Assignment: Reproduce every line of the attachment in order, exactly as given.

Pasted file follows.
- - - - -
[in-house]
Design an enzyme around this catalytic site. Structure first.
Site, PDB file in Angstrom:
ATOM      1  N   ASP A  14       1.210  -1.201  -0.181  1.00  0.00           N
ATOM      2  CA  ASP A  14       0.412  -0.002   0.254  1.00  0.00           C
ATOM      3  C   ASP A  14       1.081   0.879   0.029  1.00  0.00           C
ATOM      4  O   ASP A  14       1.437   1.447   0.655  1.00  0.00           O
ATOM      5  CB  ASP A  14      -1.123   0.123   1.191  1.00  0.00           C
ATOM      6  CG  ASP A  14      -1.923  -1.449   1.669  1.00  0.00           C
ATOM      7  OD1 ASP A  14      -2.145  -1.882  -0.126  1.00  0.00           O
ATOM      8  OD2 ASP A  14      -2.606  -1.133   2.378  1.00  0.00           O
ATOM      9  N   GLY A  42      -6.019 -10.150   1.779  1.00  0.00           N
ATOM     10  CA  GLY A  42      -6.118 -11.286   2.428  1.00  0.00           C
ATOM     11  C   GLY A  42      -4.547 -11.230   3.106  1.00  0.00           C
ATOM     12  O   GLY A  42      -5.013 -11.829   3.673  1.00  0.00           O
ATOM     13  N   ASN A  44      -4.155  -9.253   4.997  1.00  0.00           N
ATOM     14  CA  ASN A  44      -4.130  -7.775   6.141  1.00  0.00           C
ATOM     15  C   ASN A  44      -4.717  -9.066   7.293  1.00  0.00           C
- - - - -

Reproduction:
[in-house]
Design an enzyme around this catalytic site. Structure first.
Site, PDB file in Angstrom:
ATOM      1  N   ASP A  14       1.210  -1.201  -0.181  1.00  0.00           N
ATOM      2  CA  ASP A  14       0.412  -0.002   0.254  1.00  0.00           C
ATOM      3  C   ASP A  14       1.081   0.879   0.029  1.00  0.00           C
ATOM      4  O   ASP A  14       1.437   1.447   0.655  1.00  0.00           O
ATOM      5  CB  ASP A  14      -1.123   0.123   1.191  1.00  0.00           C
ATOM      6  CG  ASP A  14      -1.923  -1.449   1.669  1.00  0.00           C
ATOM      7  OD1 ASP A  14      -2.145  -1.882  -0.126  1.00  0.00           O
ATOM      8  OD2 ASP A  14      -2.606  -1.133   2.378  1.00  0.00           O
ATOM      9  N   GLY A  42      -6.019 -10.150   1.779  1.00  0.00           N
ATOM     10  CA  GLY A  42      -6.118 -11.286   2.428  1.00  0.00           C
ATOM     11  C   GLY A  42      -4.547 -11.230   3.106  1.00  0.00           C
ATOM     12  O   GLY A  42      -5.013 -11.829   3.673  1.00  0.00           O
ATOM     13  N   ASN A  44      -4.155  -9.253   4.997  1.00  0.00           N
ATOM     14  CA  ASN A  44      -4.130  -7.775   6.141  1.00  0.00           C
ATOM     15  C   ASN A  44      -4.717  -9.066   7.293  1.00  0.00           C